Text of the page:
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Emergency department staff priorities for improving palliative care provision for older people: A qualitative study
Florence Nightingale Faculty of Nursing & Midwifery, King's College London, London, UK.
Department of Sociology, University of Sussex, Brighton, UK.
Jönköping University, School of Health and Welfare, The Jönköping Academy for Improvement of Health and Welfare. Jönköping University, School of Health and Welfare, HHJ. IMPROVE (Improvement, innovation, and leadership in health and welfare). Florence Nightingale Faculty of Nursing & Midwifery, King's College London, London, UK.ORCID iD: 0000-0001-8781-6675
Ronald O. Perelman Department of Emergency Medicine, School of Medicine, New York University, New York, NY, USA.
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2018 (English)In: Palliative Medicine: A Multiprofessional Journal, ISSN 0269-2163, E-ISSN 1477-030X, Vol. 32, no 2, p. 417-425Article in journal (Refereed) Published
Abstract [en]

BACKGROUND: Emergency department-based palliative care services are increasing, but research to develop these services rarely includes input from emergency clinicians, jeopardizing the effectiveness of subsequent palliative care interventions.

AIM: To collaboratively identify with emergency clinicians' improvement priorities for emergency department-based palliative care for older people.

DESIGN: This was one component of an experience-based co-design project, conducted using semi-structured interviews and feedback sessions.

SETTING/PARTICIPANTS: In-depth interviews with 15 emergency clinicians (nurses and doctors) at a large teaching hospital emergency department in the United Kingdom exploring experiences of palliative care delivery for older people. A thematic analysis identified core challenges that were presented to 64 clinicians over five feedback sessions, validating interview findings, and identifying shared priorities for improving palliative care delivery.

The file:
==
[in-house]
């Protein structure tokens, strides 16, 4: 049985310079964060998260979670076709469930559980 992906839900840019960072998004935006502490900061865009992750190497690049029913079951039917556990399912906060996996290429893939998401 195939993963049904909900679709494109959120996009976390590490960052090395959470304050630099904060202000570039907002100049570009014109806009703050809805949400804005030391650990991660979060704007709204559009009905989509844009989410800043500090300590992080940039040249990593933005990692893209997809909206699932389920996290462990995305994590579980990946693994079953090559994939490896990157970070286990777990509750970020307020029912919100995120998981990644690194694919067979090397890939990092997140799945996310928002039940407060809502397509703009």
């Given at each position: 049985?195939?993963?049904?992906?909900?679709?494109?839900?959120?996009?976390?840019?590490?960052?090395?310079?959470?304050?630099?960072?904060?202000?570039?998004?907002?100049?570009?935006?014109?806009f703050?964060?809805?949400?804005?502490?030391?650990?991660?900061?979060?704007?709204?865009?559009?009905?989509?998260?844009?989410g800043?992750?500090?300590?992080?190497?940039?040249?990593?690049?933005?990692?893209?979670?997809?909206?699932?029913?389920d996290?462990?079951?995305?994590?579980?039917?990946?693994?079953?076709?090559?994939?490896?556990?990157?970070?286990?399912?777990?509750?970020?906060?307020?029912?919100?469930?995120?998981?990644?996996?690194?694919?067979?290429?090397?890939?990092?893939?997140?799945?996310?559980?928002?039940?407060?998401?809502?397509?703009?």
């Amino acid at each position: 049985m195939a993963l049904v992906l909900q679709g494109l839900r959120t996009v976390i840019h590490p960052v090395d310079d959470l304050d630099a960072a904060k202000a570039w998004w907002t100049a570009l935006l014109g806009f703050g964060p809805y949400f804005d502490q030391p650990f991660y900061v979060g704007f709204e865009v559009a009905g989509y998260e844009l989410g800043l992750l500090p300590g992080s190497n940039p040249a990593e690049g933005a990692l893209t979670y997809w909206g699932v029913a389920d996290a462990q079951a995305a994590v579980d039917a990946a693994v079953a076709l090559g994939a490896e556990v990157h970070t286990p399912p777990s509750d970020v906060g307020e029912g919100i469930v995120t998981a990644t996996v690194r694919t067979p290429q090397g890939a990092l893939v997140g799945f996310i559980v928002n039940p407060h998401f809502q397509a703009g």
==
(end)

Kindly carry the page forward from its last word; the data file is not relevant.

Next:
RESULTS: Eight challenges emerged: patient age; access to information; communication with patients, family members, and clinicians; understanding of palliative care; role uncertainty; complex systems and processes; time constraints; and limited training and education. Through feedback sessions, clinicians selected four challenges as improvement priorities: time constraints; communication and information; systems and processes; and understanding of palliative care. As resulting improvement plans evolved, "training and education" replaced "time constraints" as a priority.

CONCLUSION: Clinician priorities for improving emergency department-based palliative care were identified through collaborative, iterative processes. Though generally aware of older palliative patients' needs, clinicians struggled to provide high-quality care due to a range of complex factors. Further research should identify whether priorities are shared across other emergency departments, and develop, implement, and evaluate strategies developed by clinicians.

Place, publisher, year, edition, pages
Sage Publications, 2018. Vol. 32, no 2, p. 417-425
Keywords [en]
Palliative care, emergency department, frail older adults
National Category
Health Care Service and Management, Health Policy and Services and Health Economy
Identifiers
URN: urn:nbn:se:hj:diva-38567DOI: 10.1177/0269216317705789ISI: 000423322000013PubMedID: 28429643Scopus ID: 2-s2.0-85041137526Local ID: HHJIMPROVEISOAI: oai:DiVA.org:hj-38567DiVA, id: diva2:1174645
Available from: 2018-01-16 Created: 2018-01-16 Last updated: 2018-08-20Bibliographically approved

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Robert, Glenn

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Health Care Service and Management, Health Policy and Services and Health Economy

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